Clyde-built heat-pump project in Norway may prove £20,000 winner for Glasgow’s Star Renewable Energy


Dave Pearson, Director - Star Renewable Energy
Dave Pearson, Director – Star Renewable Energy

The Glasgow-based manufacturer responsible for the invention of the world’s largest zero-carbon 90ᵒC district Neatpump heat pump has been shortlisted for a new Scottish green-technology award – with the chance of winning £20,000.

Star Renewable Energy – part of the eponymous Thornliebank-based refrigeration group – will compete against 25 finalists for the top prize on 4 June 2015 at the Glasgow Technology Innovation Centre.

Star Renewable Energy’s Neatpump technology is an industrial heat pump that uses water from rivers, lakes, reservoirs and the sea to generate heating and cooling while balancing the grid

Fergus Ewing MSP, Scottish Energy Minister, commented: “The transition to a low carbon economy presents enormous economic opportunities for companies to develop and implement renewable technologies. The Scottish Government is committed to supporting businesses across Scotland to realise these opportunities.”

The green ‘credentials’ of the Neatpump have been demonstrated in practice in a municipal  heating system in Drammen, a Norwegian city with 65,000 people that exploits pioneering technology built on the River Clyde to heat the whole city – including its businesses, hospitals and schools with water – from the local fjord.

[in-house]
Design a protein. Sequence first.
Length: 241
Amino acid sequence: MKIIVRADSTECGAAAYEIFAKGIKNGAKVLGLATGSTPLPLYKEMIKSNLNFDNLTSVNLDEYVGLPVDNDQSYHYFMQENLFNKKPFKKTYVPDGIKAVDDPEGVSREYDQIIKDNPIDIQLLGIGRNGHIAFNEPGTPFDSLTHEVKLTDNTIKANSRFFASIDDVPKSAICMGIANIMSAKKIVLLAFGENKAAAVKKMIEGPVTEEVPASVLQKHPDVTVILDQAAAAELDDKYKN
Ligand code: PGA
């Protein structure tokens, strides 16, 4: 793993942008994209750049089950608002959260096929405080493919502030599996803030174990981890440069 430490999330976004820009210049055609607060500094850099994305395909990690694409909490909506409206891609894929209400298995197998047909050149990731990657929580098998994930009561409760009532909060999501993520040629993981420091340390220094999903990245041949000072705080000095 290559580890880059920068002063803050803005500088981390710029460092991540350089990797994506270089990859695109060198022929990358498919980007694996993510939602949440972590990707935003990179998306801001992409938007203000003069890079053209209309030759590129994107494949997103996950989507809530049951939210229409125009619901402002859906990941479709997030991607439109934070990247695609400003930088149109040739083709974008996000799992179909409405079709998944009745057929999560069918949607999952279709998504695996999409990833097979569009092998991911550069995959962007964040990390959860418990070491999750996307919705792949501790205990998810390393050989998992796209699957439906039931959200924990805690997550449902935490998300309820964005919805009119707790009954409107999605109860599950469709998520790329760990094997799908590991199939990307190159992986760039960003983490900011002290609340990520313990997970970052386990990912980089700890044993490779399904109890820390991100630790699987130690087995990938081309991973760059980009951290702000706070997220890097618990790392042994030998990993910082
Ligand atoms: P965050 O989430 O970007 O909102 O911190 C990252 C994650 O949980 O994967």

David Pearson, Director, Star Renewable Energy – part of the Star Refrigeration Group which was set up in 1970 –  said: “In Drammen, the Neatpump provides annual savings of around €2 million and overall annual carbon savings equivalent to driving 2,080 times around the globe.

“In Scotland, heat pumps have the potential to save Scottish businesses £250 million a year – enough to employ almost 10,000 people at the country’s average salary.”

Norway's Drammen Water District Heat Pump Building
Norway’s Drammen Water District Heat Pump Building

The Neatpump system installed by Glasgow-based Star Renewable Energy in Drammen, Norway is the world’s largest natural working fluid system delivering heat at temperatures up to 90ºC.

Harvesting renewable heat from the fjord the large water source heat pump delivers heat to a community of over 63,000 residents and its businesses at lower cost and nearly zero carbon and zero local emissions.

Having generated 200 GWh of renewable heat, the Neatpump in Drammen achieved carbon savings of about 60,000 t,

Pearson added: “Heat pumps are not only beneficial for the environment. Using a renewable heat source saves locally produces fuel, be it gas, oil, waste or biomass which can be sold.

“Scotland spends £1.6bn per year on heating fuel. It is time to switch to a “free” and clean heat source which does not need to be burned and will never run out.

 “We should be bringing these benefits of renewable and clean heat generation to Scotland and replicate the technologies in Glasgow, Edinburgh, Paisley, Greenock, St Andrews, Dundee, Perth, Aberdeen, and Inverness.”

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